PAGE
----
Your favorite go to drink or food when the world goes crazy!

A Mocha Frappuccino always goes a long way toward making everything better!

Do you have a favorite quote about writing that inspires you?

I have a plaque sitting on the bookcase that I think really explains the nature of a writer’s mind. It reads: Madness does not always howl. Sometimes, it’s the quiet voice at the end of the day saying, “Hey, is there room in your head for one more?”

Thank you so much for being with us today, Alexis! 

Here’s a look at Alexis’ latest release DEATH BY AUCTION…………………

Not only did Abby McCree inherit her aunt’s house in Snowberry Creek, Washington, she inherited a handsome tenant and a whole lot of trouble . . .

It’s hard to say no to Tripp Blackston. That’s how Abby found herself on yet another committee, organizing a bachelors’ auction to raise money for Tripp’s veterans group. The former Special Forces soldier is mortified when Abby enlists him to be one of the prizes, but she has a covert plan to bid on him herself. Before she can, she’s foiled by a sniper bid from a gorgeous stranger, who turns out to be Tripp’s ex-wife, Valerie.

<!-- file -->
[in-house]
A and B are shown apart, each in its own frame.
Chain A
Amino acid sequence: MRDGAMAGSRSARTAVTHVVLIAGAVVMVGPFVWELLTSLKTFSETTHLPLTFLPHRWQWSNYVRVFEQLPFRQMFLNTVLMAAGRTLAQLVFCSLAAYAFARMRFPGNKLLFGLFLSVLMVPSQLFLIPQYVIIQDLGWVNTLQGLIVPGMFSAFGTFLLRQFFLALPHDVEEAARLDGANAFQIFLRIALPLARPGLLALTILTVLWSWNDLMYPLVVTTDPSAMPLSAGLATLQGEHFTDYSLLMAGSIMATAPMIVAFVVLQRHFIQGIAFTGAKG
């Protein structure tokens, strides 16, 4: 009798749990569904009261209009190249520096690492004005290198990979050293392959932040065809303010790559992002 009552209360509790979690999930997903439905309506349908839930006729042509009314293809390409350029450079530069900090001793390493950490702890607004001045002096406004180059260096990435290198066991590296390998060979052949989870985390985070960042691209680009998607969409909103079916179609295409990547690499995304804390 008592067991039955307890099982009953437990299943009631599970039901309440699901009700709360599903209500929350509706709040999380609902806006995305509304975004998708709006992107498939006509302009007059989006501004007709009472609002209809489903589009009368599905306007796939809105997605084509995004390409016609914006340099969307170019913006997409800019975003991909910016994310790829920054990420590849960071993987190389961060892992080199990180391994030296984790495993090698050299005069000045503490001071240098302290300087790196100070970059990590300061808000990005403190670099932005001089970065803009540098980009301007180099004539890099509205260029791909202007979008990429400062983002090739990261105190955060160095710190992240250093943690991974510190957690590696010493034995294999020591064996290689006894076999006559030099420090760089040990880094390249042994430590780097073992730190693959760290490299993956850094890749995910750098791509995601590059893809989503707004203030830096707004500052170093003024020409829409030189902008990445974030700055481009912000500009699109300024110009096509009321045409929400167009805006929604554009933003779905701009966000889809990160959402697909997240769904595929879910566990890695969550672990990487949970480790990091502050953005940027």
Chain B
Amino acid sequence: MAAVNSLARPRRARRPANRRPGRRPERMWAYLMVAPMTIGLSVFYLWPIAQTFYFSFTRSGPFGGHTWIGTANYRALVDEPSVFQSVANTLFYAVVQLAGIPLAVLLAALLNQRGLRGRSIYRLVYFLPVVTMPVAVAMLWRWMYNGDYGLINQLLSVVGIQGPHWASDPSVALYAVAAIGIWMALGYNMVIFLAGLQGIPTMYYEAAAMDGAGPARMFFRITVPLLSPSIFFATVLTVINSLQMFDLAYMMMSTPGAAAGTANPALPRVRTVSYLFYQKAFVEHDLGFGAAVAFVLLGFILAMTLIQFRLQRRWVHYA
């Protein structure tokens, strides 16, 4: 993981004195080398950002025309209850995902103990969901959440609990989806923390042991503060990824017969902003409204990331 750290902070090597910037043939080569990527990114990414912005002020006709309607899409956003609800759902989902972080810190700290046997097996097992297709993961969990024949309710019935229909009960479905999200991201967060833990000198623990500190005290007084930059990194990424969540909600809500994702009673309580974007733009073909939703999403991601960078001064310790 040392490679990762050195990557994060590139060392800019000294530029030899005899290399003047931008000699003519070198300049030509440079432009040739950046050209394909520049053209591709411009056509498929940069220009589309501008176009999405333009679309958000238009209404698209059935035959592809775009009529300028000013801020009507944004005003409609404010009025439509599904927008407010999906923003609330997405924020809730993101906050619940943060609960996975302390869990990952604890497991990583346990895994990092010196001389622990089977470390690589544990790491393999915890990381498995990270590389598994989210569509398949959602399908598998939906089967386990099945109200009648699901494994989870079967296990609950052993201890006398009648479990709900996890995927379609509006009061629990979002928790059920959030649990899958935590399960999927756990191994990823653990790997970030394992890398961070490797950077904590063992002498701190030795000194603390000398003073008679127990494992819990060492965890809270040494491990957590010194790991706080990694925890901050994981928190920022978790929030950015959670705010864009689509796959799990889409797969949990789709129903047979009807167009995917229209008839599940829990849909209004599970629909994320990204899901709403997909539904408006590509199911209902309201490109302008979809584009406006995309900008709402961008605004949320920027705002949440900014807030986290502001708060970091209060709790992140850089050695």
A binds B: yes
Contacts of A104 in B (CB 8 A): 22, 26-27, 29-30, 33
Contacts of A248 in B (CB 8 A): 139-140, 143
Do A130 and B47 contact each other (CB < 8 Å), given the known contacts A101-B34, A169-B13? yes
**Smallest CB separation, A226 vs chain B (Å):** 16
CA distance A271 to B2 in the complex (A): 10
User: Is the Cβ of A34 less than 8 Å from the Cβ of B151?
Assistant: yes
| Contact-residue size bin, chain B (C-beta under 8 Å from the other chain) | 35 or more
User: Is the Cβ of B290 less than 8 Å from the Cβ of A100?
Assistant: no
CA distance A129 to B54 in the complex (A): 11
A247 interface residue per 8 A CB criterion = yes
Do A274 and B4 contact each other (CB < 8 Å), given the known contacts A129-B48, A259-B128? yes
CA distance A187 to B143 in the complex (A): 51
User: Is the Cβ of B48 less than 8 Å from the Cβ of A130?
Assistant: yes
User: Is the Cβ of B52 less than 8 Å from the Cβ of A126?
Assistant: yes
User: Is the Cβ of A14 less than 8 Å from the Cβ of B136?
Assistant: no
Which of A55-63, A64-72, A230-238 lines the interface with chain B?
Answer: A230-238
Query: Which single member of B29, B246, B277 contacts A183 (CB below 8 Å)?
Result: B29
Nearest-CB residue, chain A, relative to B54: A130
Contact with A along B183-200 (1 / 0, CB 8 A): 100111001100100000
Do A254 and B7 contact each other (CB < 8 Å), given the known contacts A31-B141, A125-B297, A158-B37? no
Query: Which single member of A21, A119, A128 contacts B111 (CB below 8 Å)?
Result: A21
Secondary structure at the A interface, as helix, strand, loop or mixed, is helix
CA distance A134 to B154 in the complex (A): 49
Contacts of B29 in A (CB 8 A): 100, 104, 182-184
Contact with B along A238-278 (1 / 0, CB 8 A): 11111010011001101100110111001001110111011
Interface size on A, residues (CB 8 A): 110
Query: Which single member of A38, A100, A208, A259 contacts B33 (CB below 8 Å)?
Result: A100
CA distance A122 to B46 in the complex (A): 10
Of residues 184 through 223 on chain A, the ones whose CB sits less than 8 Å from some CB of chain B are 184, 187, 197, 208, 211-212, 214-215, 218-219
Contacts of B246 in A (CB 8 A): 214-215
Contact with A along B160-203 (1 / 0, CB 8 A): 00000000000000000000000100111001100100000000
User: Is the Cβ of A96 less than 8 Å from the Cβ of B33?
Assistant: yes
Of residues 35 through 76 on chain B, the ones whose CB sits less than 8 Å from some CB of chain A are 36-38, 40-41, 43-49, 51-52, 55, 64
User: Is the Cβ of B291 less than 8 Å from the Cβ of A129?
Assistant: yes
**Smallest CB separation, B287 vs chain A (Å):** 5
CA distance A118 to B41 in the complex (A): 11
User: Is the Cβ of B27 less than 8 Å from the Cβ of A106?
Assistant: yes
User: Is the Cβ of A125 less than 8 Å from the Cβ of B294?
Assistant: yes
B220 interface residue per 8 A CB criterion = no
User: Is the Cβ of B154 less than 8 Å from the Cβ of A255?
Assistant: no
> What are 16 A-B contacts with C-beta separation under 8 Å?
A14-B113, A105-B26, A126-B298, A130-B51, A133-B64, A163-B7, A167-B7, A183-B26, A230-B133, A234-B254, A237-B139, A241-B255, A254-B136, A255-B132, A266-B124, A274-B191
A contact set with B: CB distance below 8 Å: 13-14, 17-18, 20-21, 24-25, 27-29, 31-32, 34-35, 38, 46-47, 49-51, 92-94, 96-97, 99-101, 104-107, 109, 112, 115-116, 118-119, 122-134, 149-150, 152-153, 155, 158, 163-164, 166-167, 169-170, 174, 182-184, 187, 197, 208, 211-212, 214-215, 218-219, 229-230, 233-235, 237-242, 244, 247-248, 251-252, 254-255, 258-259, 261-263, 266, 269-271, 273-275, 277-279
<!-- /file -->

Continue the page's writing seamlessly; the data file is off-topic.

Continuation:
Still reeling from the shock that Tripp was married and wondering what his ex is suddenly doing in town, Abby goes looking to pay the auction’s emcee, radio personality Bryce Cadigan. She finds him in the parking lot, dead in his car. Valerie appears to be the last one to have seen Bryce alive, so she’s the cops’ best bid for suspect. When she asks Tripp for help—and lodgings—it’s Abby’s turn to block by inviting Val to stay with her. But did she just open her home to a murderer?




Barnes and Noble:


USA Today Best-selling author Alexis Morgan graduated from the University of Missouri—St. Louis, with a B.A. in English. She has always loved reading and now spends her days imagining worlds filled with strong alpha heroes and gutsy heroines. She is the author of over forty-five novels, novellas, and short stories that span a variety of genres: American West historicals (as Pat Pritchard); paranormal and fantasy romances; and contemporary romances. She is excited about her latest venture—The Abby McCree Mysteries from Kensington Publishing.

Find out more about Alexis and her books at:


Twitter: @Alexis_Morgan


Jocie McKade
Her fiction writing has received the Author / Ambassador at Library Journal Self-e Authors, Winner Queen of the West Reader Favorite Award, Amazon Bestseller - Historical, Double finalist in the Next Generation Indie Book Awards in the Mystery and Humorous Categories. Writing humorous cozy mysteries and romantic comedy, Jocie can find humor in most everything, even when she shouldn't. She lives in the Midwest on Dust Bunny Farm with her family.